“I would not be surprised if utilities [in Japan] put an increased focus on this concept moving ahead,” says Kurt Yeager, executive director of the Galvin Electricity Initiative, a leading smart grid think tank. “They’re already more digitally advanced. They have the foundation to deploy this concept.”
Rudimentary forms of VPPs have been in service for decades. Traditional demand response – when a utility or outside service provider aggregates load reduction at customer sites during peak demand – is the most basic form of VPP. On the supply side, power companies in Europe have experimented with aggregating wind, combined-heat-and-power and small hydro sites together as well. But the highly-intelligent mixed-asset VPP, in which both demand-side and supply-side resources are brought together by information technologies, is still evolving.
“It really is a variety of [system] sizes and technologies – and that’s what makes it so complicated, and from my perspective, so fun,” says John Simmins, program manager for smart grid projects at the Electric Power Research Institute.
With better distribution management software that helps operators visualize what’s happening on the grid, more sophisticated demand response capabilities and the proliferation of distributed renewables, the VPP is looking like a very realistic concept.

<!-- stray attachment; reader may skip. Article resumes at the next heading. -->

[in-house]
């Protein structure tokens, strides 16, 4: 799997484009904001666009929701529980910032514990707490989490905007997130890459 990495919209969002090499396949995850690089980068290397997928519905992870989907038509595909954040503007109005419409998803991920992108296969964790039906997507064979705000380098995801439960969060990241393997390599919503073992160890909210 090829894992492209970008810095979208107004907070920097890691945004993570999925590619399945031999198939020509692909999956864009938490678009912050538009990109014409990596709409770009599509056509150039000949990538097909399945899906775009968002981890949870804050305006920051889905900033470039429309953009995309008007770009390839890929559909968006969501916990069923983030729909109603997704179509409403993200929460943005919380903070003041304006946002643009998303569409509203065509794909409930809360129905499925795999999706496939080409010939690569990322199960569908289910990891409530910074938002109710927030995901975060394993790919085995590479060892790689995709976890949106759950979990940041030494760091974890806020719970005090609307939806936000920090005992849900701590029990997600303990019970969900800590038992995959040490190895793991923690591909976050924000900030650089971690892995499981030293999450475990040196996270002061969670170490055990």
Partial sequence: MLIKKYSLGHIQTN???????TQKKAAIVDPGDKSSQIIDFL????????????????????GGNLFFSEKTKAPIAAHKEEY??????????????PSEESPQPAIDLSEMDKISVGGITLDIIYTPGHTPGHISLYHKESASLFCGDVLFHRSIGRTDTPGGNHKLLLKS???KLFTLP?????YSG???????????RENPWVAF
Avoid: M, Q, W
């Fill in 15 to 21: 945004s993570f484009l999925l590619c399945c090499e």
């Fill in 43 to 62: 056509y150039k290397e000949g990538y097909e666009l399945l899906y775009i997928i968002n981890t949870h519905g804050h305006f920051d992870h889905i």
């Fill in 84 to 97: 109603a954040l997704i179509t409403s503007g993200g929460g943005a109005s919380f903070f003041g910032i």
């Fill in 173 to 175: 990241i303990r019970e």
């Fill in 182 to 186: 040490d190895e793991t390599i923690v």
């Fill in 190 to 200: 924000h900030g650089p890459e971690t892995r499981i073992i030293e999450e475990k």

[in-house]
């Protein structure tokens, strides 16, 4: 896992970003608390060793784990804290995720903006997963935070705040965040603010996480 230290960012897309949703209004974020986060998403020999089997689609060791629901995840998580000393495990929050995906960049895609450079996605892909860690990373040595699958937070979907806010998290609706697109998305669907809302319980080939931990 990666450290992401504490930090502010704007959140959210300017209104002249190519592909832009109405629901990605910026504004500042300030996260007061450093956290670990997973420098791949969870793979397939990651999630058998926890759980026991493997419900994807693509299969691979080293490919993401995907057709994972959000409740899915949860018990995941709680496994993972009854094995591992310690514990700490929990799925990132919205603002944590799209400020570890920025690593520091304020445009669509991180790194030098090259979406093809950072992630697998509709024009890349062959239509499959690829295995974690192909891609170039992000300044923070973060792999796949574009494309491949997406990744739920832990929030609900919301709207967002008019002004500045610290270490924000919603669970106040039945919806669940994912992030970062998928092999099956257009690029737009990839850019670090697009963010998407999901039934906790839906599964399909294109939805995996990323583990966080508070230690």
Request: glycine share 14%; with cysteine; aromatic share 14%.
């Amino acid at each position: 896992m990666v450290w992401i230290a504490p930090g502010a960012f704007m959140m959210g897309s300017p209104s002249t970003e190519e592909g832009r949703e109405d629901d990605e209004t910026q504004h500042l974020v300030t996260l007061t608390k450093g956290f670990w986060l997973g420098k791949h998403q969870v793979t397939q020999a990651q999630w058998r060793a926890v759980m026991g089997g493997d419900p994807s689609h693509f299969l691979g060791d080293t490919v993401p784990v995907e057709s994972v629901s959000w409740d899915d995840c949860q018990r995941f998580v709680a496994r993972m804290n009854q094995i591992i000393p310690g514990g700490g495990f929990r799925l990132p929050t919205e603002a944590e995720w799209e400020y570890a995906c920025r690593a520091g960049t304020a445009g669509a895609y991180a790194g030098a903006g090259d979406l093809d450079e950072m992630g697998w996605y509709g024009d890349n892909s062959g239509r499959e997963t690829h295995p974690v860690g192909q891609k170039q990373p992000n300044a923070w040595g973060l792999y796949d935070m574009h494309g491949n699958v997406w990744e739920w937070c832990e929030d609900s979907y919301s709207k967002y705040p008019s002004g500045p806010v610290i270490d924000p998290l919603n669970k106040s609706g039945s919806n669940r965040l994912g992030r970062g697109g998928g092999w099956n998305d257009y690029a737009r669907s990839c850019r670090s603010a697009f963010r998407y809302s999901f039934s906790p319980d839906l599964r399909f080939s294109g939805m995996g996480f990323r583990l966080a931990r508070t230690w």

According to a recent report from Pike Research, the global mixed-asset VPP market will grow from 500 MW of capacity today to 1.5 GW by 2015. The entire VPP market, which includes strictly supply-side projects (i.e. a group of small plants for increased generation) and strictly demand-side projects (i.e. intelligent demand response to maximize efficiency), may grow to more than 41.5 GW by that date.
“The ultimate virtual power plant will be mixed asset…but for now, you see a combination of projects led by demand response,” says Peter Asmus, an analyst with Pike Research.